Connected devices are spreading like kudzu on the Carolina roadside. Cisco Identity Services Engine (ISE) is a great way to manage the devices on your network and with implementing some best practices, I can say you will save time. Below are 7 ideas that will help:

1. Find an Executive Sponsor.

Security policies can now be supported at a network level using ISE. Official IT policies around accessing information based on BYOD were often circumvented. But now with ISE, we’ve been able to implement policies that provide the right access, but can’t be circumvented. This makes it more important than ever that you have executive-level sponsorship. Truth be told, which IT project wouldn’t benefit from the executive backing? My first experience with an executive sponsor was with an excellent CIO who resembled Pope Francis and spoke like a wicked good Bostonian. He tasked me with pursuing business groups and obtaining feedback on IT process changes. The CIO called me his “Man in Havana”. My coworkers lovingly changed it to “Cabana boy” because we made fun of each other at every opportunity. The point is, busy manufacturing and software development directors found time for my questions and follow-up meetings because an executive was driving the effort.

2. Go to lunch.

Get involved with the right key stakeholders. You would be wise to meet with the desktop, networking, security, and authentication directory teams. And don’t forget the team supporting BYOD. What company isn’t faced with the challenge of supporting of personal user devices? So why is it important to interact with these various individuals? First, it helps so there will be full commitment to the project. Second, ISE takes advantage of many existing infrastructure components working together to reach your goals. For example, Active Directory for authentication and patch management, RADIUS for attributes, desktop for troubleshooting, and networking for change management. A great way to start the project is go out to eat with people on these teams and get to know them. Find out how they work, what their problems are, and how you might help.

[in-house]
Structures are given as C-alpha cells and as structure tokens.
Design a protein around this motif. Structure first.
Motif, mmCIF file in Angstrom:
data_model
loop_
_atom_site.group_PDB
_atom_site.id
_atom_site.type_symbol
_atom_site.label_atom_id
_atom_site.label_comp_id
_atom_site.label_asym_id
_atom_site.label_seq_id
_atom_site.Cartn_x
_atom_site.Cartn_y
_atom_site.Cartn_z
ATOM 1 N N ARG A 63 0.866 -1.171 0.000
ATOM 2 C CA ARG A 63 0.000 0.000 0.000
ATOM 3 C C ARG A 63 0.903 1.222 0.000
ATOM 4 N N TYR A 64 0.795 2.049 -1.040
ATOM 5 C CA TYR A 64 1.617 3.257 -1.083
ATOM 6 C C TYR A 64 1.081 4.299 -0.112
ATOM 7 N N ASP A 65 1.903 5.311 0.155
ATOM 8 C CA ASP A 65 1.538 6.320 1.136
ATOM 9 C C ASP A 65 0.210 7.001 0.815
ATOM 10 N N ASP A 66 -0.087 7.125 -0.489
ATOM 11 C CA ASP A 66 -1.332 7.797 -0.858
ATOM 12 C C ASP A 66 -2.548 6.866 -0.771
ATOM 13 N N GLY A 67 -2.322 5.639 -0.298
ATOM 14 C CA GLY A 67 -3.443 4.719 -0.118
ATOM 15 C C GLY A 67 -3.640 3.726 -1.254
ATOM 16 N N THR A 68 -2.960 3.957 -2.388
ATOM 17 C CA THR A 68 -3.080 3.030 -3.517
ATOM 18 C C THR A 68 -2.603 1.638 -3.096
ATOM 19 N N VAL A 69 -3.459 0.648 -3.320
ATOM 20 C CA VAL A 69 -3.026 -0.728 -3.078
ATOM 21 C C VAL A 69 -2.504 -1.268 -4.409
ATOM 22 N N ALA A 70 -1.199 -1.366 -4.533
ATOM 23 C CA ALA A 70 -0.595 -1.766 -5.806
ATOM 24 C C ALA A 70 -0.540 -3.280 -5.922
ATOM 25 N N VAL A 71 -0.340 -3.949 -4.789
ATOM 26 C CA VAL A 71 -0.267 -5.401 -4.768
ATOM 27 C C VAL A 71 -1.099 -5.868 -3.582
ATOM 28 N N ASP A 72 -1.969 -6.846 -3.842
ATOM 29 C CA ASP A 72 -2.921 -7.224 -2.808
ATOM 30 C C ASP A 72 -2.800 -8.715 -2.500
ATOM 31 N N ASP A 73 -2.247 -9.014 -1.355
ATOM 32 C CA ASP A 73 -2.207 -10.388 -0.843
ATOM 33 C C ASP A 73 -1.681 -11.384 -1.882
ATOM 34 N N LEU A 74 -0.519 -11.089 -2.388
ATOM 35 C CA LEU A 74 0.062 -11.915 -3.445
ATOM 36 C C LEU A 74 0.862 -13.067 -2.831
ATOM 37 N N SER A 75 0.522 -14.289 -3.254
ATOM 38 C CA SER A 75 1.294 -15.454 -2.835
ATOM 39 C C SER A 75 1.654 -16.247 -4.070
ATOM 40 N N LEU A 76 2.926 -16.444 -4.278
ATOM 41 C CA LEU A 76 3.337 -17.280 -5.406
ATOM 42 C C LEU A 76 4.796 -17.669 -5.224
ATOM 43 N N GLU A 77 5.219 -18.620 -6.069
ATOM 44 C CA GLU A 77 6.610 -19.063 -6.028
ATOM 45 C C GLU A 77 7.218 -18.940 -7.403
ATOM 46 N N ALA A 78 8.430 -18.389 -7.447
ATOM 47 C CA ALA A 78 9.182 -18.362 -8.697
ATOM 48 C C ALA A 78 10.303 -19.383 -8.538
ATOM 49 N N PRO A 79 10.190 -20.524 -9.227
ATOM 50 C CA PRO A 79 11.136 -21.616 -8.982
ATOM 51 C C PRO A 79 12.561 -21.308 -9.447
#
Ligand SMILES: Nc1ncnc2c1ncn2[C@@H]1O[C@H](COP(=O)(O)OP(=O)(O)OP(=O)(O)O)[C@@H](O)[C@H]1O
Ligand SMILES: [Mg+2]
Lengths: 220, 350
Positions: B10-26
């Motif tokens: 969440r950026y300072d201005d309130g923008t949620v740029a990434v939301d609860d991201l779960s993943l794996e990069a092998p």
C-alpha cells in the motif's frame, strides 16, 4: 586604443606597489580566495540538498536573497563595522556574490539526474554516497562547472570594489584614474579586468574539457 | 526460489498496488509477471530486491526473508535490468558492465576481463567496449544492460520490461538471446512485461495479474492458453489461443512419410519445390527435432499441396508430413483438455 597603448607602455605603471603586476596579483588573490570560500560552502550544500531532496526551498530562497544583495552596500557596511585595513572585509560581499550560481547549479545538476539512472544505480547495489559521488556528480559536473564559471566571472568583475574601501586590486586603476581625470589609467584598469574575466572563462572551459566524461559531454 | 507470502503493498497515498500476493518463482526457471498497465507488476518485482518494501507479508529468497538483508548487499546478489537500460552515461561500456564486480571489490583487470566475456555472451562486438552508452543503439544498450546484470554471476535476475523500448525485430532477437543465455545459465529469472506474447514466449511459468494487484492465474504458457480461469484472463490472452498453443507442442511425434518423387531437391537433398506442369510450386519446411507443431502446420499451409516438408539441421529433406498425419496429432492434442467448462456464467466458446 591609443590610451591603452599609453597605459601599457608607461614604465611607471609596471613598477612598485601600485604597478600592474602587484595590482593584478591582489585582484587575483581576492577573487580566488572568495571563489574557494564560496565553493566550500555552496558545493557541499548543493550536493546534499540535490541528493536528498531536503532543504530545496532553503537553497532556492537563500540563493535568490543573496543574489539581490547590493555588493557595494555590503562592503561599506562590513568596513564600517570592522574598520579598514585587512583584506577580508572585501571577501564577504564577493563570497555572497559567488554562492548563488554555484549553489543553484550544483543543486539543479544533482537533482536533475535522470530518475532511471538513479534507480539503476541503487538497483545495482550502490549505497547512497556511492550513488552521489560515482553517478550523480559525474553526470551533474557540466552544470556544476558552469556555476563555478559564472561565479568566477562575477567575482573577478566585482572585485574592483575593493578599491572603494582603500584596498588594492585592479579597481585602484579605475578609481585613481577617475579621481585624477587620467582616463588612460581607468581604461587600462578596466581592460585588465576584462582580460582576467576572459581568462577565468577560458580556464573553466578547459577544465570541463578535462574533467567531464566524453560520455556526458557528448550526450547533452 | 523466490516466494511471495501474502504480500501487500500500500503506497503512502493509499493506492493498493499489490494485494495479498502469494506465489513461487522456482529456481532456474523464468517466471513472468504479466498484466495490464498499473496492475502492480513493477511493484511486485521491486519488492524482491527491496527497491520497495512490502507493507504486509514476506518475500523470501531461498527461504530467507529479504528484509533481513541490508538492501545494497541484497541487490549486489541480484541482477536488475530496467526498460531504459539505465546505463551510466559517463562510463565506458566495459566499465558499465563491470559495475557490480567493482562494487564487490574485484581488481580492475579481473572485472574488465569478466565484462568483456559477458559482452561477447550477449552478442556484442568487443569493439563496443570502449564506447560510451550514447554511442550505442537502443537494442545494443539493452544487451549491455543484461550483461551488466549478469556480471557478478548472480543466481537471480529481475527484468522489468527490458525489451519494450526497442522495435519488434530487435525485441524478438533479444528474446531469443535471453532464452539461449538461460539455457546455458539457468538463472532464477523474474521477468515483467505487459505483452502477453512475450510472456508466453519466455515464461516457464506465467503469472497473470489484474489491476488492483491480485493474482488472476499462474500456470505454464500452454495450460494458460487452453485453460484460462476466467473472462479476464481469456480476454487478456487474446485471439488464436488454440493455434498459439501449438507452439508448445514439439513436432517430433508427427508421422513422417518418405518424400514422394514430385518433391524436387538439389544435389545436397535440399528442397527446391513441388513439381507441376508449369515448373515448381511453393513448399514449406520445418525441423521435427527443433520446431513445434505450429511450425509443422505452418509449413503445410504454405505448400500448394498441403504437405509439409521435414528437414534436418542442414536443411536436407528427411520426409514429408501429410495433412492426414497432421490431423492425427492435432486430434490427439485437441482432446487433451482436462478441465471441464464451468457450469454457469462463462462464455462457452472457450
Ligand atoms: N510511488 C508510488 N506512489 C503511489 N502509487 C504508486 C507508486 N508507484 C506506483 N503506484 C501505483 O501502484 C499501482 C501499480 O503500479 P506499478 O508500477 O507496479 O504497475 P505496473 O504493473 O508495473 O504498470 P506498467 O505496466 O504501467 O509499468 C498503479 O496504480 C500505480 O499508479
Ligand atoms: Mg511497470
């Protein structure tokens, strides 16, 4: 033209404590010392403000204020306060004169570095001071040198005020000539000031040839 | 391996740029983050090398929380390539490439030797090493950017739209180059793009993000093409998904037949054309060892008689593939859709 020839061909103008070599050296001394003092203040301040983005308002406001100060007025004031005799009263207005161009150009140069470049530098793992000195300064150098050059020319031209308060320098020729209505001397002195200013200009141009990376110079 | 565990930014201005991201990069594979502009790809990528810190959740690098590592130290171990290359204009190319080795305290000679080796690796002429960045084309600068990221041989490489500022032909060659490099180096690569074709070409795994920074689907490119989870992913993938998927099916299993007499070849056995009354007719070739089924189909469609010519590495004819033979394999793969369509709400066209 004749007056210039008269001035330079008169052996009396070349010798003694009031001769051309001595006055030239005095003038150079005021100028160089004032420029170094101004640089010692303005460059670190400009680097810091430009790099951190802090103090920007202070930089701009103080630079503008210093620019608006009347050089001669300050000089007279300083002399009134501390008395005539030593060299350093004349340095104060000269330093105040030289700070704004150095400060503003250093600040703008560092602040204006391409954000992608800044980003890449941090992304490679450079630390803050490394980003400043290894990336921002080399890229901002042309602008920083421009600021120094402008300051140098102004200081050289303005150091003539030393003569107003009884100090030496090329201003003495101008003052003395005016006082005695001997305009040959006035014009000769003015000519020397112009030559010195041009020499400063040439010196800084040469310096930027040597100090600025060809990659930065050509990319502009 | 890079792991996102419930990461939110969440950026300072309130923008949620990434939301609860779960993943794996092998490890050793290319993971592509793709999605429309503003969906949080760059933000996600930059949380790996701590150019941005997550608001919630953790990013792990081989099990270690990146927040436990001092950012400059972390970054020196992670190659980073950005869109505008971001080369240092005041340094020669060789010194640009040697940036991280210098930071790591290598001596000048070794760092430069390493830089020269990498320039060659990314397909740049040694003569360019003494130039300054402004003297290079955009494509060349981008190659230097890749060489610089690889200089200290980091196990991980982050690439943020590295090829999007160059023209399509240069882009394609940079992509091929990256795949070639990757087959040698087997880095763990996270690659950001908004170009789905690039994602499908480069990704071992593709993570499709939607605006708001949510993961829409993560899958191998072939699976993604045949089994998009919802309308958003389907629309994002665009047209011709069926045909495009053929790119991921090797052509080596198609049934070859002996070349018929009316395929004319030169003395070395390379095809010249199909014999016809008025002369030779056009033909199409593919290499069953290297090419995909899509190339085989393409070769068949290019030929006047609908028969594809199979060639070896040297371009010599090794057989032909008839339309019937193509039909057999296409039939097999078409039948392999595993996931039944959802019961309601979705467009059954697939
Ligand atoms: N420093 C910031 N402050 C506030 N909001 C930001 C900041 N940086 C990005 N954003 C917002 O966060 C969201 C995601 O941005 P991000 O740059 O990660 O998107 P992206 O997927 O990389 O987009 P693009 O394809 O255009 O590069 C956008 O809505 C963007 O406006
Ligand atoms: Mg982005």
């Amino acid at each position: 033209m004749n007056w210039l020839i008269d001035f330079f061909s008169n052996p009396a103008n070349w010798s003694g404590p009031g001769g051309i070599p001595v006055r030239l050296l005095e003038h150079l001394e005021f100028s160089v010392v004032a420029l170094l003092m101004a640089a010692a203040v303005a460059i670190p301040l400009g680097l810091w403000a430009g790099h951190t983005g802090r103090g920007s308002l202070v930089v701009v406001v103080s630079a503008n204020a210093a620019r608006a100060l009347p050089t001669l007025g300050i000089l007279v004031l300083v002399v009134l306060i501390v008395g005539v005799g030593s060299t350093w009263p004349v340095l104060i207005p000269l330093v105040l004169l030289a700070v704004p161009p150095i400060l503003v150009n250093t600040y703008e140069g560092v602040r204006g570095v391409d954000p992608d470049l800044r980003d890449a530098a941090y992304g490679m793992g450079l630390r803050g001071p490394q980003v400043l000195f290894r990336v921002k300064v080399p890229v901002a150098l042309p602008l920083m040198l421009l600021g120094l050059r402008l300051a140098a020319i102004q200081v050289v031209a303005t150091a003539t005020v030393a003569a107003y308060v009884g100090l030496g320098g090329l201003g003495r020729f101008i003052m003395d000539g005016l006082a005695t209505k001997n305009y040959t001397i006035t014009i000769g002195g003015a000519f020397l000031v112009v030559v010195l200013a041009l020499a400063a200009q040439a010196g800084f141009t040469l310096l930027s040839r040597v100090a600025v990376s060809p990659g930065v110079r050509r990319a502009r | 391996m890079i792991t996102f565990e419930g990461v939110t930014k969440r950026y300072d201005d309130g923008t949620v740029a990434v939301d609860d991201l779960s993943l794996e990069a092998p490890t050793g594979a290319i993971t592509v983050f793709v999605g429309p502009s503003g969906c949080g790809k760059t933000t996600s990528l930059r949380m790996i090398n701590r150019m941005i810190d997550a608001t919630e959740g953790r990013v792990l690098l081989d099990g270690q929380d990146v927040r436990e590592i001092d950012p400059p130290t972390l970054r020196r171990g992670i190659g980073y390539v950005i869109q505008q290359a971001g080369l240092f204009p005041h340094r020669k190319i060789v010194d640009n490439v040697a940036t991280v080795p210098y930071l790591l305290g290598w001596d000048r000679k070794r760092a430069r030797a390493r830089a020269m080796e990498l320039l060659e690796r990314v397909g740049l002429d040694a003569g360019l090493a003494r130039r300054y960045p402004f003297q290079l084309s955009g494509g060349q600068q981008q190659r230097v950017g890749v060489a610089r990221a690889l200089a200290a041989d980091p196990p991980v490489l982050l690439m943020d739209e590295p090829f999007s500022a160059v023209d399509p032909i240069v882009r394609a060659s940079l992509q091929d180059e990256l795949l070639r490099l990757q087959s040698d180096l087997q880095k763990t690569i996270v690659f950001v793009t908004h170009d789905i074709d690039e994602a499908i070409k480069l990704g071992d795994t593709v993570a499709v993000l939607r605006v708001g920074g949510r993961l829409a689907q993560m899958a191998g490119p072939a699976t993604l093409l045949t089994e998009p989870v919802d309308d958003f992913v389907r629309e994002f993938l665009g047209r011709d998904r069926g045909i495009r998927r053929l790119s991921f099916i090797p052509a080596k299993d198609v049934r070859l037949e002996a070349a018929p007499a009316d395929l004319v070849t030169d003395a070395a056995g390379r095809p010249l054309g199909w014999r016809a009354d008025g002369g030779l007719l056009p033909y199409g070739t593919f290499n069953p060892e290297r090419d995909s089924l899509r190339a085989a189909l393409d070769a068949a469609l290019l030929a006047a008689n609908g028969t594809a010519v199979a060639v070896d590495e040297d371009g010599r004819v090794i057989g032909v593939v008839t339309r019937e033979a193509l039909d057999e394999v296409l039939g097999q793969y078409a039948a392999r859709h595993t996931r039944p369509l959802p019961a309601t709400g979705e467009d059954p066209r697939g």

3. Keep it simple.

The old adage that simple is secure is still excellent advice, especially in an age of increasing complexity. Policy decisions should be your guide to simplicity when deploying ISE. I will elaborate on policy in a moment.

4. Be clear concerning business goals.

Before creating policy, be clear concerning business goals. Below are some examples of business goals:

  • Provide guests a way to register devices and access WiFi
  • Authorize sensitive data via a wired connection on the internal network but not when the traffic originates from a home VPN
  • Route traffic from point-of-sale systems with quality of service (QoS)

5. Whiteboard the ISE security policies.

This step will be the biggest time saver over the long-haul. Combine lunch (Step 2) with a whiteboard session where you will describe your authentication, authorization, posture and profile security policies. The authentication policy will describe your user/password database, such as Active Directory or LDAP, and the order to use them. The authorization policy describes the users by attribute/authorization. For example, users in the Active Directory group “employees” may access the CORP ssid. Label the authorization policies in logical and physical terms or terms that make sense for your security policy and your business goals. For example, Guest wireless, VPN users, Wired Corporate user, student dorms and administration offices are all examples. These are common ways to differentiate the security of the network. Next, design a posture policy that describes the acceptable patch levels or application requirements that must be met for network access. For example, Windows 7 machines must have critical patches and supported antivirus installed in order to access the network. Finally, you will complete the profiling policy which is for unauthenticated devices (for example, printers).

6. Be realistic.

You want to do things right the first time so develop a plan. Start with the policy goals. Next, inventory the hardware and upgrade code on existing infrastructure where needed. You will need to ensure that wired and wireless users on the end devices meet the capabilities of your user authentication database. There will need to be testing, deploying, auditing and finally full-blown policy mode. So plan your project accordingly.

7. Stop and review.

At this point in the process you have solidified the commitment from management to the success of the project. Your business goals are defined which will help avoid scope creep. Other teams are involved and well fed. The policies are spelled out in clear terms that can be directly translated into policy configurations in ISE. You are now well positioned to have a successful deployment and less administrative cost over the life of the project.

In my next post, I will explain ISE integration with Active Directory, DNS requirements and how to leverage your existing user directory for ISE authentication and authorization.

Post updated 5/31/13


Jeremy McGuinn

Customer Support Engineer, Applied Security Intelligence COBC signed

Security Research & Operations